Gianni Caravaggio (b. 1968) characterizes and sees sculpture as “a primary world,” a field within which even the most abstract ideas and thoughts are exposed in physical forms. Cosmological and philosophical thinking, namely by the Greek philosophers as Heraclitus, Zeno, or Plotinus, define and mark Caravaggio’s artistic research. A scholar of philosophy, he is interested in themes addressed in contemporary physics and has spent time in scientific research institutes in France and Germany. Subjects tied to the origins and form of the universe comprise his main focus whereby a preference for a metaphysical approach prevails. His works investigate reality, offering new perspectives for contemplating it and seeking to reestablish the meaning of experience. For the latter applies essentially the experience of time, changing and transforming, intensifying the instant, creating order and disorder. His works suggest that visual and physical experiences are components to our ideas and can question our thoughts.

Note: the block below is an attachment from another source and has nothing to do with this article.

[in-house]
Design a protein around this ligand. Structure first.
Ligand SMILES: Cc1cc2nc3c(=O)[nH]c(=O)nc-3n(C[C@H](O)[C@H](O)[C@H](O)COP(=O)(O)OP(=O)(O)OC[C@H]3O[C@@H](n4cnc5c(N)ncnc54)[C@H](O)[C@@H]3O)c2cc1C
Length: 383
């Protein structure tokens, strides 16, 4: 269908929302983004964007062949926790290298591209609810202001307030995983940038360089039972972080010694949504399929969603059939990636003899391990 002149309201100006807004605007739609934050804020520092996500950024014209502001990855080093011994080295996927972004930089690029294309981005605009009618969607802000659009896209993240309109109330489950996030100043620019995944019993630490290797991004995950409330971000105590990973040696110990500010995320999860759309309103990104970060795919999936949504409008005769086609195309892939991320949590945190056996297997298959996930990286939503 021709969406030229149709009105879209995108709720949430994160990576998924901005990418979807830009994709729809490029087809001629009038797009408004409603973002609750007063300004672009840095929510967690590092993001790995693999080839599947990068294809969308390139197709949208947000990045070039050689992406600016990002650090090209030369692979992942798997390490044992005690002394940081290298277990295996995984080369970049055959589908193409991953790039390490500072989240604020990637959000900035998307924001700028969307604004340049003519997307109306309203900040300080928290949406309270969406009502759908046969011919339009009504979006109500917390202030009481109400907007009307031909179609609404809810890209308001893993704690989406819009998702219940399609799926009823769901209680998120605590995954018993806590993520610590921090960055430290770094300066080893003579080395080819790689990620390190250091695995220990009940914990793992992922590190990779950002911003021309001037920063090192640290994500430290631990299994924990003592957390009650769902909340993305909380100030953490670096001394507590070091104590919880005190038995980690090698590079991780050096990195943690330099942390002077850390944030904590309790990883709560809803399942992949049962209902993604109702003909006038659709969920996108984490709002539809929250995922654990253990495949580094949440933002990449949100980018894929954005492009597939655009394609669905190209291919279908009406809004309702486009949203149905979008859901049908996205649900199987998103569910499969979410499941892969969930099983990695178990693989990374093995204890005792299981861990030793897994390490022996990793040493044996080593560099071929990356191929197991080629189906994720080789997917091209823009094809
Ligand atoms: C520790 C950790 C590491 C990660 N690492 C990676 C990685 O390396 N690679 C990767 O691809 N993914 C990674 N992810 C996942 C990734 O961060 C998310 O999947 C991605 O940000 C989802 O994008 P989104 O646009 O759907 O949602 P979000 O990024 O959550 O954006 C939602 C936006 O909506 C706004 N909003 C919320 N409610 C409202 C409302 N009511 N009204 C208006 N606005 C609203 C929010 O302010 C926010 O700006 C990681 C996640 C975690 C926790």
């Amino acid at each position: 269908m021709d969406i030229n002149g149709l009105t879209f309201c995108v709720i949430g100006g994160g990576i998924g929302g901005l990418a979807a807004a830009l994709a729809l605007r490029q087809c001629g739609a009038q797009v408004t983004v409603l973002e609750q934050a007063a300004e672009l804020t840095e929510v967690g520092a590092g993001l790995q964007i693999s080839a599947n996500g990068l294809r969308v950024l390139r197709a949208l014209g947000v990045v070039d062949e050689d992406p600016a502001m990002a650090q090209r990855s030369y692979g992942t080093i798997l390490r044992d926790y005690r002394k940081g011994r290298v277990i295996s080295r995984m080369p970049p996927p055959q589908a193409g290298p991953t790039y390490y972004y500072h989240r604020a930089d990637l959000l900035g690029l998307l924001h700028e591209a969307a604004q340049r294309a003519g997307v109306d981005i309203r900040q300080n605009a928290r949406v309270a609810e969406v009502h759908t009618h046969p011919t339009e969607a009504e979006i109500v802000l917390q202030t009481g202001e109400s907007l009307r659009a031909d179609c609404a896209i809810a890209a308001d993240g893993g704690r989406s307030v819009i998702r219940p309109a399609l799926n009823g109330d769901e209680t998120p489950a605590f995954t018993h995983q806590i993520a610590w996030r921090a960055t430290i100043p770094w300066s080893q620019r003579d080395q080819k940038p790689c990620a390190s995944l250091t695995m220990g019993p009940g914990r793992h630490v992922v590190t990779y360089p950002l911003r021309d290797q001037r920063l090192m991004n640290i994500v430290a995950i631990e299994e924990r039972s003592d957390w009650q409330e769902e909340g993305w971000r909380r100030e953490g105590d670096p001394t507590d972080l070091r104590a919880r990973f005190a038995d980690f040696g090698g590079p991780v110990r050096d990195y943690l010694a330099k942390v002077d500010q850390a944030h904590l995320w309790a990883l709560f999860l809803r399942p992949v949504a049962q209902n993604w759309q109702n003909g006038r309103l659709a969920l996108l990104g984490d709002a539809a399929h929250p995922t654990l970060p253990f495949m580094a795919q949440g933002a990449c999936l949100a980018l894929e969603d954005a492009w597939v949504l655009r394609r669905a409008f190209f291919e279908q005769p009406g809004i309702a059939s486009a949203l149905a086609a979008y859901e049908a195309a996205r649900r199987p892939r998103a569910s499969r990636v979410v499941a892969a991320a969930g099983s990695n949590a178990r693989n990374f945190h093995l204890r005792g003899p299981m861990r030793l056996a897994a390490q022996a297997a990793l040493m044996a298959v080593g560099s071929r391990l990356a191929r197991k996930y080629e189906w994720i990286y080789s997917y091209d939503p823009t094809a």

A particular aspect of his work is the use of diverse, sometimes even unconventional, materials, as lentils, sugar, cosmetic cream, bronze, leather, marble, aluminum, polystyrene, paper, or talcum powder. Often assembled and paradoxically combined – marble with sugar or bronze with chocolate – these materials array a general fragility and perishable nature reinforcing the essence of the artist’s thinking. The minimalism of the objects evokes a certain distance though their form go beyond purely physical presence. Seen as a process of thought, movement, imagination the artwork is an energetic entity amidst an infinite transforming universe.
About things bigger than us shows the most recent works of Caravaggio and his continuous research around questions concerning temporal becoming, imagined possibilities and the universe wherein we live, observe and experience things, both from the inside and outside. A universe in which nature is a powerful, dominant presence. Our existence is relative in comparison to the greatness of nature. Things bigger than us can only evoke a feeling of astonishment and humility. This exhibition is formed from such astonished sensation with nature.